have to act in the same time frame in every hand, and in fact,
this wouldn’t even be advisable. What you can do instead is to
make sure you keep your hands in the same place each hand, sit
in the same way, think with the same head tilt, etc. These are
the types of things that people will be able to pick up on.
Now, if you are going to try and be perfectly steady with how you are
behaving, you are going to also need to pay attention to even
the smallest of details. Things like how fast you chew gum,
whether you take a sip of your drink, smiling at a joke at the
table, these are all pieces of information that can be used
against you. If you think that staying consistent is your best
chance at making yourself as unreadable as possible, you need to
be sure that you have every base covered, as one slip up could
negate everything else you worked on.
Varied actions are the easiest way to keep your opponents
thinking and off guard. For example, when you are dealt your
pocket cards pre-flop, you’ll check them and then either let
them sit, put a card protector on them, or maybe hold or cover
them. In many cases, a player who is holding their cards is
leaning towards a fold. Likewise, a player who sets his cards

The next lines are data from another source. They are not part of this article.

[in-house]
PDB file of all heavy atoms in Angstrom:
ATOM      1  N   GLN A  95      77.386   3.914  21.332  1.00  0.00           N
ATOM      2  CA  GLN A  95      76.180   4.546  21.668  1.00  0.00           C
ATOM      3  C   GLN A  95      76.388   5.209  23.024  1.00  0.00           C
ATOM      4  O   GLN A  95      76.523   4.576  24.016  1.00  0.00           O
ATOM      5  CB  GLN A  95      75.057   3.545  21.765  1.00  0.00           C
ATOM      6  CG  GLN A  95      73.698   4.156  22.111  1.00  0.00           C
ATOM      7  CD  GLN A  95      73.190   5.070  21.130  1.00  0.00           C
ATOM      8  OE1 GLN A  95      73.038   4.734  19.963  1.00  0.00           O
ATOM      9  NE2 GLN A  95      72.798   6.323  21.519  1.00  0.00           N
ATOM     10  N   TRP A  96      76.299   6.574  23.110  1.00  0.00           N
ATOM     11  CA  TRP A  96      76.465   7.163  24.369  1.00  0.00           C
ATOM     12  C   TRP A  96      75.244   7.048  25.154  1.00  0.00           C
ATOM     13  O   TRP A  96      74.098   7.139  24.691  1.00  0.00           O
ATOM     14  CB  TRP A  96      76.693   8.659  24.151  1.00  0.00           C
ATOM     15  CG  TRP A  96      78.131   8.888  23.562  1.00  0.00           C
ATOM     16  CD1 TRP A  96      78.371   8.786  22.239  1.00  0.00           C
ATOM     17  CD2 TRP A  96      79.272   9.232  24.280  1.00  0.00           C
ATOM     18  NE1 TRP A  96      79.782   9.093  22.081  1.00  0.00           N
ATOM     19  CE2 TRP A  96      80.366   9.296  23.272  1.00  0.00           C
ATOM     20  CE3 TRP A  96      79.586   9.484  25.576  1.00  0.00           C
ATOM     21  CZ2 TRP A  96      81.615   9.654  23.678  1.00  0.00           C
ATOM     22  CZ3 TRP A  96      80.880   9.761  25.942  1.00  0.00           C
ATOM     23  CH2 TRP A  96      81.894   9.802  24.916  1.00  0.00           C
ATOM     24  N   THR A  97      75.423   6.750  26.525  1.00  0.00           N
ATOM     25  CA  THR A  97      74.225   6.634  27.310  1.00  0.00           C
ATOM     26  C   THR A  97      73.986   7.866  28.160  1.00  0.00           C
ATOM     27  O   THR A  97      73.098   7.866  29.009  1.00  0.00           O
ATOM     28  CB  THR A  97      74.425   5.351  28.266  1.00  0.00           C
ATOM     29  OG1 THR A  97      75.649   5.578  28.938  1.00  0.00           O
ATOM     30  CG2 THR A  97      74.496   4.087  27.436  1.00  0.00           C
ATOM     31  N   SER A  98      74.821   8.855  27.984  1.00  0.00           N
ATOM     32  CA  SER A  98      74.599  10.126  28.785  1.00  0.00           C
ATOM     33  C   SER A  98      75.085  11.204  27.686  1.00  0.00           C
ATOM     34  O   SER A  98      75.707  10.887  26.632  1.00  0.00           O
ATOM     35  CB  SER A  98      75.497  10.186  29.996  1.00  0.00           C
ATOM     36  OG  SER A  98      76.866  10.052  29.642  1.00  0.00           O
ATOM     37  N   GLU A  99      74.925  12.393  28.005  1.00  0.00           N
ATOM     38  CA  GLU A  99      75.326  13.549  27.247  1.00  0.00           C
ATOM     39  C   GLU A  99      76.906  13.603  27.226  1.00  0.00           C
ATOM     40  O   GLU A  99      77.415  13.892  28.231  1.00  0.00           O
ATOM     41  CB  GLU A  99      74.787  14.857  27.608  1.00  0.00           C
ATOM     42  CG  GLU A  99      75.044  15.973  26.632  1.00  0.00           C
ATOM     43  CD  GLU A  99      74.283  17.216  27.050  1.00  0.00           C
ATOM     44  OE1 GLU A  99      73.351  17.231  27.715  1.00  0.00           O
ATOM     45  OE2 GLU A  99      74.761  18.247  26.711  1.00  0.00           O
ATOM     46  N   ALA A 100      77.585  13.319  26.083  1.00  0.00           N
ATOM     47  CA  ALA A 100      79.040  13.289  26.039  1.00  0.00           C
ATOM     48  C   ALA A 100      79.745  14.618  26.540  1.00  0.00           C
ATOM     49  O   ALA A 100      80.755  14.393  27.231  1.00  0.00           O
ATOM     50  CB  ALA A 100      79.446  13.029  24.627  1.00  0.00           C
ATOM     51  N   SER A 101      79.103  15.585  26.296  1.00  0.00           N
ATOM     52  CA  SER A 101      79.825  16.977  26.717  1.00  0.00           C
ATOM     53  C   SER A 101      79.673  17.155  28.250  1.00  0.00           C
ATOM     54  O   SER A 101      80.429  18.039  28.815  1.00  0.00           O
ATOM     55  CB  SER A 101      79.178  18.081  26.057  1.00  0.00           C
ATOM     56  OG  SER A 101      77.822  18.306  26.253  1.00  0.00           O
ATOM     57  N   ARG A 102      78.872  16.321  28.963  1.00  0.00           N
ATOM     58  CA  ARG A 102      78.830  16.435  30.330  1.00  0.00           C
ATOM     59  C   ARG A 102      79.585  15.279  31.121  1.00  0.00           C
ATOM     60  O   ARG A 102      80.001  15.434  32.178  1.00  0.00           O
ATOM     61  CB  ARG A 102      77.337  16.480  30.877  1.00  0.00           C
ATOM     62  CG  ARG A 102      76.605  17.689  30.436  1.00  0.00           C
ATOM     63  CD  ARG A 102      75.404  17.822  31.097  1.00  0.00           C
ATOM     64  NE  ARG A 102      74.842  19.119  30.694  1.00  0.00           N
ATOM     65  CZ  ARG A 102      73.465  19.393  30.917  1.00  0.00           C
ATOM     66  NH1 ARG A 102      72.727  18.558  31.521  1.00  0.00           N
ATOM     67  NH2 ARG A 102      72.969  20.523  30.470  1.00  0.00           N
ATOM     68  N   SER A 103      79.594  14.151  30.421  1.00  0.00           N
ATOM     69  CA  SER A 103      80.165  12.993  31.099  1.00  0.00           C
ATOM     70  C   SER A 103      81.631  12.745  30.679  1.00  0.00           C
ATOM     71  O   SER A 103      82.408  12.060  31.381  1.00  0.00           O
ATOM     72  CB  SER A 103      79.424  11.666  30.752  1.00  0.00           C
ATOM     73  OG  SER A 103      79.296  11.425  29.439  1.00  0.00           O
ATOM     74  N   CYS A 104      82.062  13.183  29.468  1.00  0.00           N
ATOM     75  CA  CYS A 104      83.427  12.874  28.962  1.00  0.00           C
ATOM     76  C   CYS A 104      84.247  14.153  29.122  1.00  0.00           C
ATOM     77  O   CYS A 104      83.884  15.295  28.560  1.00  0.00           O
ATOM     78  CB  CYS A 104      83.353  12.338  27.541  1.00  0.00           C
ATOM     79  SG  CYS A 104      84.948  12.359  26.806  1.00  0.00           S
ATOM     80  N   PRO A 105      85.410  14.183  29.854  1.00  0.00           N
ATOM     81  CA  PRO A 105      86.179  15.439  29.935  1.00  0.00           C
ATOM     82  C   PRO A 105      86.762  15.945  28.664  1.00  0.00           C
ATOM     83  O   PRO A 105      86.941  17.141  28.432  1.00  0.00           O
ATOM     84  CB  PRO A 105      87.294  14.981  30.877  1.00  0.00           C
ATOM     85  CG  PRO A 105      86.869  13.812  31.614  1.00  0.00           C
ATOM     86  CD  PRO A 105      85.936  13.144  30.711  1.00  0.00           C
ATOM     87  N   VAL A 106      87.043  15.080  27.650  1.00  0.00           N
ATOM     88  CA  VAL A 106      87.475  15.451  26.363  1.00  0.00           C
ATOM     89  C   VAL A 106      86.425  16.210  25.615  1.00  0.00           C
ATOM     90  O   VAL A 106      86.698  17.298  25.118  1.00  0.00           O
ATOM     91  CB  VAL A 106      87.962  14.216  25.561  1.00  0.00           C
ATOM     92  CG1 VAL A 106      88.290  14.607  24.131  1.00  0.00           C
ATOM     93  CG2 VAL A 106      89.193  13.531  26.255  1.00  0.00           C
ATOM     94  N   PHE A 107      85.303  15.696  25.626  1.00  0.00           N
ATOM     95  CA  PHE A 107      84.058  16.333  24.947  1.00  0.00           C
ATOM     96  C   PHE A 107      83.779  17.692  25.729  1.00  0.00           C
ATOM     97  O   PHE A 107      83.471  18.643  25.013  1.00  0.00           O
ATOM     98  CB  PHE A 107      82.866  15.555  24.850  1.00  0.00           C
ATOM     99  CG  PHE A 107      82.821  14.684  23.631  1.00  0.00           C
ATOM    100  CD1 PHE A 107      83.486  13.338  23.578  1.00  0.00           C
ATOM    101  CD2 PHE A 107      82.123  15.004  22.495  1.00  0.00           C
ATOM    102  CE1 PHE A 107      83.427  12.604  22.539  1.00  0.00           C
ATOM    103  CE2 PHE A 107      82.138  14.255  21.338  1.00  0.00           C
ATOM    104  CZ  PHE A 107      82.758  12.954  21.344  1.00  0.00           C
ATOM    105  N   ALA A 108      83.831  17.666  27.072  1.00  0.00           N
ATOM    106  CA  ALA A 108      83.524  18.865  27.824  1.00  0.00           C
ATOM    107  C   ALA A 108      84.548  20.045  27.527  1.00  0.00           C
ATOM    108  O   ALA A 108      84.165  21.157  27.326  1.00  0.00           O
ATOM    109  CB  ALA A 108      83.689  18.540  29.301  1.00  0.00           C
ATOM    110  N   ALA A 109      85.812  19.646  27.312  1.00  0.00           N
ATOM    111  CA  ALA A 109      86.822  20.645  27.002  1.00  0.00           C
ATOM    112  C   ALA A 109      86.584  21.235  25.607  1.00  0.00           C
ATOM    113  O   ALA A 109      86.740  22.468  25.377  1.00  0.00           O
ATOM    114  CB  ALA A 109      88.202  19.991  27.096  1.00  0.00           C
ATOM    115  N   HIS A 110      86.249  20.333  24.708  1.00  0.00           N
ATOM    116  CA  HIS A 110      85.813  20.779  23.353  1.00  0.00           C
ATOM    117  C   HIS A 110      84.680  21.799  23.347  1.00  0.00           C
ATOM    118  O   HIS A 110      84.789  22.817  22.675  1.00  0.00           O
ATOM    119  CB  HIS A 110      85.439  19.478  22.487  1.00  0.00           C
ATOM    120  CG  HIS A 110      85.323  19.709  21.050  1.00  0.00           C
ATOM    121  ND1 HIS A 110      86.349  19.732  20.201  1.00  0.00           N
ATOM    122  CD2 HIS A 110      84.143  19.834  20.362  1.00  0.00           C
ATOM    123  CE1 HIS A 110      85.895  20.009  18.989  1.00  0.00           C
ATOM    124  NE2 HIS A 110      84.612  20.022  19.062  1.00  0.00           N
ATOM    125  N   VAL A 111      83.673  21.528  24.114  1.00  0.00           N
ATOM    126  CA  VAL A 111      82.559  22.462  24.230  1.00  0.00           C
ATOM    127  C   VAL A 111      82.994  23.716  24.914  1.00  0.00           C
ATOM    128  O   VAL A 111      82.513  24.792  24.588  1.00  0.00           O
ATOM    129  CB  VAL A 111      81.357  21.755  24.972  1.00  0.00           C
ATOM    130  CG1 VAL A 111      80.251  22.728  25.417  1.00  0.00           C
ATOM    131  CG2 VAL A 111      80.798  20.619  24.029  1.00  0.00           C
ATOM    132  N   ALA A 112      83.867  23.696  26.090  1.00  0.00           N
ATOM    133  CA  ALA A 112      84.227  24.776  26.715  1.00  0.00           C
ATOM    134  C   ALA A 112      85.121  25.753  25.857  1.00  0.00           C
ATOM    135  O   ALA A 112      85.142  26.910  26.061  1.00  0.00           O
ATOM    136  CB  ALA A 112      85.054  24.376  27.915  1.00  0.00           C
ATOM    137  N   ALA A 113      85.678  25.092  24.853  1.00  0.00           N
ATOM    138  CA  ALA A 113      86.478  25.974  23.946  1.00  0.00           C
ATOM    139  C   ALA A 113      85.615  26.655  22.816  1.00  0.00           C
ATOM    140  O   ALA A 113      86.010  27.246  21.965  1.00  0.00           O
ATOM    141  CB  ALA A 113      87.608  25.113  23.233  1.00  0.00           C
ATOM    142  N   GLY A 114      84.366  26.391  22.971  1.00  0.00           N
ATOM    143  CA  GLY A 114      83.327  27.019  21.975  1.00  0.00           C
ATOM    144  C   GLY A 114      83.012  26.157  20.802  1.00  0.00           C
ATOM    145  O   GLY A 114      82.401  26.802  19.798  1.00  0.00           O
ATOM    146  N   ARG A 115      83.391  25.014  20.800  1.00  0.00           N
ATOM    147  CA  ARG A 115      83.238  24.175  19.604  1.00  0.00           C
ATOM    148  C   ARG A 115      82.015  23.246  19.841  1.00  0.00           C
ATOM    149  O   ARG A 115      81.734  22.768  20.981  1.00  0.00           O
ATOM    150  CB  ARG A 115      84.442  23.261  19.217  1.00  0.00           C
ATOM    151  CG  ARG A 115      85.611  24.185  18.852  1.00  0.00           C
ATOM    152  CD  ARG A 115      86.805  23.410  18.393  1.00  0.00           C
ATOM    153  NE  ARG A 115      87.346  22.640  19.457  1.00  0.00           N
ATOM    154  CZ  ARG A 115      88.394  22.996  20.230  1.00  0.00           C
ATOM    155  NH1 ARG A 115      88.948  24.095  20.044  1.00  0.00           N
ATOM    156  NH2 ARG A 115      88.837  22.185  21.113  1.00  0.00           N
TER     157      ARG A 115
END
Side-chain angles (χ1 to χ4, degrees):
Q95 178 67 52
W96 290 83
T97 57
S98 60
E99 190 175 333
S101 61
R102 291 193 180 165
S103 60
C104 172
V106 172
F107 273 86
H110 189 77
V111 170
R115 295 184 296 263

down or puts a card protector over them is probably looking to
see a flop. If you start to hold your cards as if you were going
to fold, but then make some calls or raises, you are going to
eliminate the tell that exists within this particular action.
One of my personal favorite ways to confuse players with your
tells is through shuffling chips. If you shuffle chips at
totally inordinate times, you are going to lose your opponent.
They’ll be trying to read into what your shuffles mean, but if
they contradict themselves, this type of insight will be
Look at it this way: if you can shuffle your
chips so randomly that even you don’t know what it means, you
are probably doing a good job. This is truly the key with
preserving all tells at the table. Any experienced player is
likely to have noticed that they had some sort of tell, but the
key is to correct it. Many players won’t even be able to pick up
on tells even if they are incredibly obvious, but you don’t want
to take a chance that someone will. Find what tells you have and
then act in a way that this old tell now can mean anything under
An example of an action at the table that gives away tons of
information is the way that chips are bet. A clean stack, a
counted out stack, tossed mess of chips, these are all different
ways that you can place your chips into the pot. While acting
very consistently can be a challenge, you should try and place
bets in the same way each and every time. There’s always going
to be an instinctual, comfortable way in which you go to grab
your chips for a bet. If you steer clear of this particular
instinct, you are going to be much better off in the long run.
When someone is trying to piece together a read, they think
about what they would do. Use this strategy to counter your